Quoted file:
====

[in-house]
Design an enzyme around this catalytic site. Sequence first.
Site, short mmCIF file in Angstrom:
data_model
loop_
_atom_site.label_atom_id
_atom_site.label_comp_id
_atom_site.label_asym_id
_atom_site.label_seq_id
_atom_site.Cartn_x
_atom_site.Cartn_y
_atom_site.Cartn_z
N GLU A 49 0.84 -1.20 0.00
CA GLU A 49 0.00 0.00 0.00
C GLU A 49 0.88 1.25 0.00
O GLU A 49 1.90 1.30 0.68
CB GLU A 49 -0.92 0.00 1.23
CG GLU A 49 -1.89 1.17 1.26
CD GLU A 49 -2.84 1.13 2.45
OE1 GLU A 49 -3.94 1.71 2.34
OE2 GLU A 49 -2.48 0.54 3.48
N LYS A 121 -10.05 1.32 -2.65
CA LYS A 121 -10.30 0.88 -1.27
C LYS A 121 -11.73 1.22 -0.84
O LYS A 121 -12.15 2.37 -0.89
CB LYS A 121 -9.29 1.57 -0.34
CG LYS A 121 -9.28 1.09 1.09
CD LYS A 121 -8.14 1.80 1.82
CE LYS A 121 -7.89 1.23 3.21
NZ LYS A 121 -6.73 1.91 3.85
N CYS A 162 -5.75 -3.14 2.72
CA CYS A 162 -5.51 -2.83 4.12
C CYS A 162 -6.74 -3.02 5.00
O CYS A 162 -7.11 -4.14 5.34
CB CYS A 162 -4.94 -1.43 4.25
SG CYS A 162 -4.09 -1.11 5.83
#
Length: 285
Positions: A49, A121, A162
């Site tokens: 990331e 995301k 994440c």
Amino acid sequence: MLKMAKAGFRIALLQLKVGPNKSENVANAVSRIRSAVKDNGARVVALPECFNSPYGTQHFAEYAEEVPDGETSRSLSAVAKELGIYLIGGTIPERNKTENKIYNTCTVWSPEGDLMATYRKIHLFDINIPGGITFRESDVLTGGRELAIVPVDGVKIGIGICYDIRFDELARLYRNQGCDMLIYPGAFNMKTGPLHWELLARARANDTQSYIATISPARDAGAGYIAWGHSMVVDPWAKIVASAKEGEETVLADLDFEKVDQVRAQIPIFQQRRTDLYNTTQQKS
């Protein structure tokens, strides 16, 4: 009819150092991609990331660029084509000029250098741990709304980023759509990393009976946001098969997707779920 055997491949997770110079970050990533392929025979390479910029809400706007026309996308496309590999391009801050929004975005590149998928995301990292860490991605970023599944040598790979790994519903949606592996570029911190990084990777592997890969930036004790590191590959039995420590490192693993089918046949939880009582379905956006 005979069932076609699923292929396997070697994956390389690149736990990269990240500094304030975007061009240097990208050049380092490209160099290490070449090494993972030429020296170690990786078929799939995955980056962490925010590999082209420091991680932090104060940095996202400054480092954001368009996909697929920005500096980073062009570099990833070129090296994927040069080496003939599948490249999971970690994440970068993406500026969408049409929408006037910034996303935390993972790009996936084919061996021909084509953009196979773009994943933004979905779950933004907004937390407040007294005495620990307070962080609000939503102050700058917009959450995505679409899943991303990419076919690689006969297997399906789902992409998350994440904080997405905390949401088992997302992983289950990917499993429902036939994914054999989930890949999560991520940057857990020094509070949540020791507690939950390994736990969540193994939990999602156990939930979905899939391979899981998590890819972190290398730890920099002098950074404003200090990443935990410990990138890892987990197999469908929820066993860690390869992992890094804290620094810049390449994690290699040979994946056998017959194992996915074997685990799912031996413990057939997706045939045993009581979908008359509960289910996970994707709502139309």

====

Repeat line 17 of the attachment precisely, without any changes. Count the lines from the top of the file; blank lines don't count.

CB GLU A 49 -0.92 0.00 1.23